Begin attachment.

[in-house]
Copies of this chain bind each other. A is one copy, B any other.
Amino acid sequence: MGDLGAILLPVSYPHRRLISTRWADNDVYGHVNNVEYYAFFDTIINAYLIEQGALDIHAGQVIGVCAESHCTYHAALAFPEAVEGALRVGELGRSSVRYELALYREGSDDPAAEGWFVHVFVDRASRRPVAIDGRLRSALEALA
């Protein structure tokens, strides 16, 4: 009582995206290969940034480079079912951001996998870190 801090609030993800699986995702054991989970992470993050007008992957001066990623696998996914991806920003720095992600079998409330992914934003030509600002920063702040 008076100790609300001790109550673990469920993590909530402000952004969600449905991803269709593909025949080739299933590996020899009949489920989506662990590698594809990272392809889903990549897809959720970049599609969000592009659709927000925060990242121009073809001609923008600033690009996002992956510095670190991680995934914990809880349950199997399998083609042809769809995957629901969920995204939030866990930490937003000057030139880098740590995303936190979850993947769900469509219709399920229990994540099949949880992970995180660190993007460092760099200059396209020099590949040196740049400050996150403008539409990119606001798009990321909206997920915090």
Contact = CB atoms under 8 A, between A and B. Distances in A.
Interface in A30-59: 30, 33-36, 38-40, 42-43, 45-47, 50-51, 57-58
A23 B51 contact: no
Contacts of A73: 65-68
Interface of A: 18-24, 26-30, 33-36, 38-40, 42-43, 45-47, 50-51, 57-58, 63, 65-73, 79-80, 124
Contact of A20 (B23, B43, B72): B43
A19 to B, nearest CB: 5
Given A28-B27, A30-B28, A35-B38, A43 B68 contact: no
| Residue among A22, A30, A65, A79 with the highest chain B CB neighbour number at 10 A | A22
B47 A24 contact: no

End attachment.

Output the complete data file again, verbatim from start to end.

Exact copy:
[in-house]
Copies of this chain bind each other. A is one copy, B any other.
Amino acid sequence: MGDLGAILLPVSYPHRRLISTRWADNDVYGHVNNVEYYAFFDTIINAYLIEQGALDIHAGQVIGVCAESHCTYHAALAFPEAVEGALRVGELGRSSVRYELALYREGSDDPAAEGWFVHVFVDRASRRPVAIDGRLRSALEALA
């Protein structure tokens, strides 16, 4: 009582995206290969940034480079079912951001996998870190 801090609030993800699986995702054991989970992470993050007008992957001066990623696998996914991806920003720095992600079998409330992914934003030509600002920063702040 008076100790609300001790109550673990469920993590909530402000952004969600449905991803269709593909025949080739299933590996020899009949489920989506662990590698594809990272392809889903990549897809959720970049599609969000592009659709927000925060990242121009073809001609923008600033690009996002992956510095670190991680995934914990809880349950199997399998083609042809769809995957629901969920995204939030866990930490937003000057030139880098740590995303936190979850993947769900469509219709399920229990994540099949949880992970995180660190993007460092760099200059396209020099590949040196740049400050996150403008539409990119606001798009990321909206997920915090």
Contact = CB atoms under 8 A, between A and B. Distances in A.
Interface in A30-59: 30, 33-36, 38-40, 42-43, 45-47, 50-51, 57-58
A23 B51 contact: no
Contacts of A73: 65-68
Interface of A: 18-24, 26-30, 33-36, 38-40, 42-43, 45-47, 50-51, 57-58, 63, 65-73, 79-80, 124
Contact of A20 (B23, B43, B72): B43
A19 to B, nearest CB: 5
Given A28-B27, A30-B28, A35-B38, A43 B68 contact: no
| Residue among A22, A30, A65, A79 with the highest chain B CB neighbour number at 10 A | A22
B47 A24 contact: no